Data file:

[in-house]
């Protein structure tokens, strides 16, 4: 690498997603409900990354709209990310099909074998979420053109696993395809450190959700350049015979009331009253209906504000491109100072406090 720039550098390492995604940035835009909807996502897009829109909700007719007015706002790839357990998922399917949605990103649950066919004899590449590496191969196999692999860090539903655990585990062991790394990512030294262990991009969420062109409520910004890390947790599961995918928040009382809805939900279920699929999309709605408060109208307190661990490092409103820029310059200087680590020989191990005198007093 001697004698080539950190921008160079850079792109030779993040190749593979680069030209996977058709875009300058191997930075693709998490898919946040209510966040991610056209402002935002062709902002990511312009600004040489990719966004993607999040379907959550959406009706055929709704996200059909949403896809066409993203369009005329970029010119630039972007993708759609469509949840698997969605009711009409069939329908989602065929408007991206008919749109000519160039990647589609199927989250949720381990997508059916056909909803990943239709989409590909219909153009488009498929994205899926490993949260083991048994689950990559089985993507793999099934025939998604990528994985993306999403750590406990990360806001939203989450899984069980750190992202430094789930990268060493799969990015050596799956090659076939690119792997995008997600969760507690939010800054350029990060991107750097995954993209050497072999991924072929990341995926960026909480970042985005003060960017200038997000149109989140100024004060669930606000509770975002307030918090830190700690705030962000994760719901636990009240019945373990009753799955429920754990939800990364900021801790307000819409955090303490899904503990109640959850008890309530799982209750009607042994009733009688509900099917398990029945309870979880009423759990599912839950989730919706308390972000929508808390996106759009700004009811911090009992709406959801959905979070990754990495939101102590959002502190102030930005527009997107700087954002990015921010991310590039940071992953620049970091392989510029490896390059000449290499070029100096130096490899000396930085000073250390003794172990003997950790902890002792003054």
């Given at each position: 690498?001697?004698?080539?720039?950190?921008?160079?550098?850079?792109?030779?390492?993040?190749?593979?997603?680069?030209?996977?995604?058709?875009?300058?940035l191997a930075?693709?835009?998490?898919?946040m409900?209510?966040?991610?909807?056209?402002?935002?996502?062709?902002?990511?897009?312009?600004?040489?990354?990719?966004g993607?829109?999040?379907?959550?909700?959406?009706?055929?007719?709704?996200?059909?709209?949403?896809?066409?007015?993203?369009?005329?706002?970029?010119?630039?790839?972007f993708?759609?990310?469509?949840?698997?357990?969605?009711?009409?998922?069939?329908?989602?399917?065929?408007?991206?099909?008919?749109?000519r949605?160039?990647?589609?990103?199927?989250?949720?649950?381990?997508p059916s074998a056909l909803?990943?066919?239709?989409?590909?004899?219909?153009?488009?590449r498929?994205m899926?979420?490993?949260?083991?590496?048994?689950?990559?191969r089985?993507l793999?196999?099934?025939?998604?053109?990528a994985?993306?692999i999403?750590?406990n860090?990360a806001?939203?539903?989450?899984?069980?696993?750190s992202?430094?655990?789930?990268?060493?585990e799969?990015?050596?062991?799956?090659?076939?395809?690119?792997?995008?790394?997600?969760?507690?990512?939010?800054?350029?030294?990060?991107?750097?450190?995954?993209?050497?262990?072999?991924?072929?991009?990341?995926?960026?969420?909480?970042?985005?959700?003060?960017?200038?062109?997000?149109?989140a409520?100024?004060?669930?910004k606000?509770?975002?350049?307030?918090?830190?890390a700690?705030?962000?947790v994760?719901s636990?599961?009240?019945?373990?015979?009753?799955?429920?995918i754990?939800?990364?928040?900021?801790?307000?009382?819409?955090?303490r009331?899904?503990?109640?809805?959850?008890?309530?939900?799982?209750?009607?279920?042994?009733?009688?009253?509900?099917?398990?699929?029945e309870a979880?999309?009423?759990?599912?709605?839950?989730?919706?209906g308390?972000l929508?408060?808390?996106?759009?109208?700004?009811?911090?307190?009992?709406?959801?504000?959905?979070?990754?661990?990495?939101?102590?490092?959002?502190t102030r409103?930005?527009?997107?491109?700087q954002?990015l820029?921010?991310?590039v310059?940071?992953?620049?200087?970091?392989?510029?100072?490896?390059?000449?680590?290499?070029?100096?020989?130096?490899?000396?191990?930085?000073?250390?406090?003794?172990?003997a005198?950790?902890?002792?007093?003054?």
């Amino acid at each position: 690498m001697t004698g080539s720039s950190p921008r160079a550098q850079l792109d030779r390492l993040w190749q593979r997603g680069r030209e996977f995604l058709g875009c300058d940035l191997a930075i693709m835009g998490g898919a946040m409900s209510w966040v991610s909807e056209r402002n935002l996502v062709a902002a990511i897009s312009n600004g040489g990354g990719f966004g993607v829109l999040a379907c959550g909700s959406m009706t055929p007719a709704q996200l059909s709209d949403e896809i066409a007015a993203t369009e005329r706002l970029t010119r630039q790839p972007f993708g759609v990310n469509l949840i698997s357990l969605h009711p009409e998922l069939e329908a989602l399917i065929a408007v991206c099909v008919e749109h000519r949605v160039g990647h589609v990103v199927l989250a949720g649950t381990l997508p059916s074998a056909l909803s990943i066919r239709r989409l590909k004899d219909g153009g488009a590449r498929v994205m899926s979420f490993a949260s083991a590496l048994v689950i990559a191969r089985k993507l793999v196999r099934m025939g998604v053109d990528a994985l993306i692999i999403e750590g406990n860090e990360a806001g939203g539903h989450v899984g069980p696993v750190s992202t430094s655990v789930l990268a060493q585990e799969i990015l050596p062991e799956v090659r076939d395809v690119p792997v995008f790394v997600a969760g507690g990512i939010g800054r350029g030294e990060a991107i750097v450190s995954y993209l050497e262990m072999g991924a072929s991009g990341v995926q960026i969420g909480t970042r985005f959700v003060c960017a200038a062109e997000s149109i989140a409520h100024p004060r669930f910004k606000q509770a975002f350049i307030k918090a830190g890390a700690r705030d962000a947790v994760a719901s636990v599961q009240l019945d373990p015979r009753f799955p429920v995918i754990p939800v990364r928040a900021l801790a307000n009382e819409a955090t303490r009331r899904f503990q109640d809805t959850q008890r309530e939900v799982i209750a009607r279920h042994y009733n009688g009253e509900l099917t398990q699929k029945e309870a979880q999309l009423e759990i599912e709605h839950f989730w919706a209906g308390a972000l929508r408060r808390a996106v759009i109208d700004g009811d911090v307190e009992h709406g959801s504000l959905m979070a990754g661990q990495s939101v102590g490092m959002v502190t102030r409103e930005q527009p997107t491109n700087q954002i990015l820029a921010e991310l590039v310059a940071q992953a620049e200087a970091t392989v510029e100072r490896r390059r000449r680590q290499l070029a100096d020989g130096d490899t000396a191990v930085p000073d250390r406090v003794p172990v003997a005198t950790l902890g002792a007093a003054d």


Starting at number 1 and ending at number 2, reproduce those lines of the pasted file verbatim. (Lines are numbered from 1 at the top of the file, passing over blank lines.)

[in-house]
């Protein structure tokens, strides 16, 4: 690498997603409900990354709209990310099909074998979420053109696993395809450190959700350049015979009331009253209906504000491109100072406090 720039550098390492995604940035835009909807996502897009829109909700007719007015706002790839357990998922399917949605990103649950066919004899590449590496191969196999692999860090539903655990585990062991790394990512030294262990991009969420062109409520910004890390947790599961995918928040009382809805939900279920699929999309709605408060109208307190661990490092409103820029310059200087680590020989191990005198007093 001697004698080539950190921008160079850079792109030779993040190749593979680069030209996977058709875009300058191997930075693709998490898919946040209510966040991610056209402002935002062709902002990511312009600004040489990719966004993607999040379907959550959406009706055929709704996200059909949403896809066409993203369009005329970029010119630039972007993708759609469509949840698997969605009711009409069939329908989602065929408007991206008919749109000519160039990647589609199927989250949720381990997508059916056909909803990943239709989409590909219909153009488009498929994205899926490993949260083991048994689950990559089985993507793999099934025939998604990528994985993306999403750590406990990360806001939203989450899984069980750190992202430094789930990268060493799969990015050596799956090659076939690119792997995008997600969760507690939010800054350029990060991107750097995954993209050497072999991924072929990341995926960026909480970042985005003060960017200038997000149109989140100024004060669930606000509770975002307030918090830190700690705030962000994760719901636990009240019945373990009753799955429920754990939800990364900021801790307000819409955090303490899904503990109640959850008890309530799982209750009607042994009733009688509900099917398990029945309870979880009423759990599912839950989730919706308390972000929508808390996106759009700004009811911090009992709406959801959905979070990754990495939101102590959002502190102030930005527009997107700087954002990015921010991310590039940071992953620049970091392989510029490896390059000449290499070029100096130096490899000396930085000073250390003794172990003997950790902890002792003054």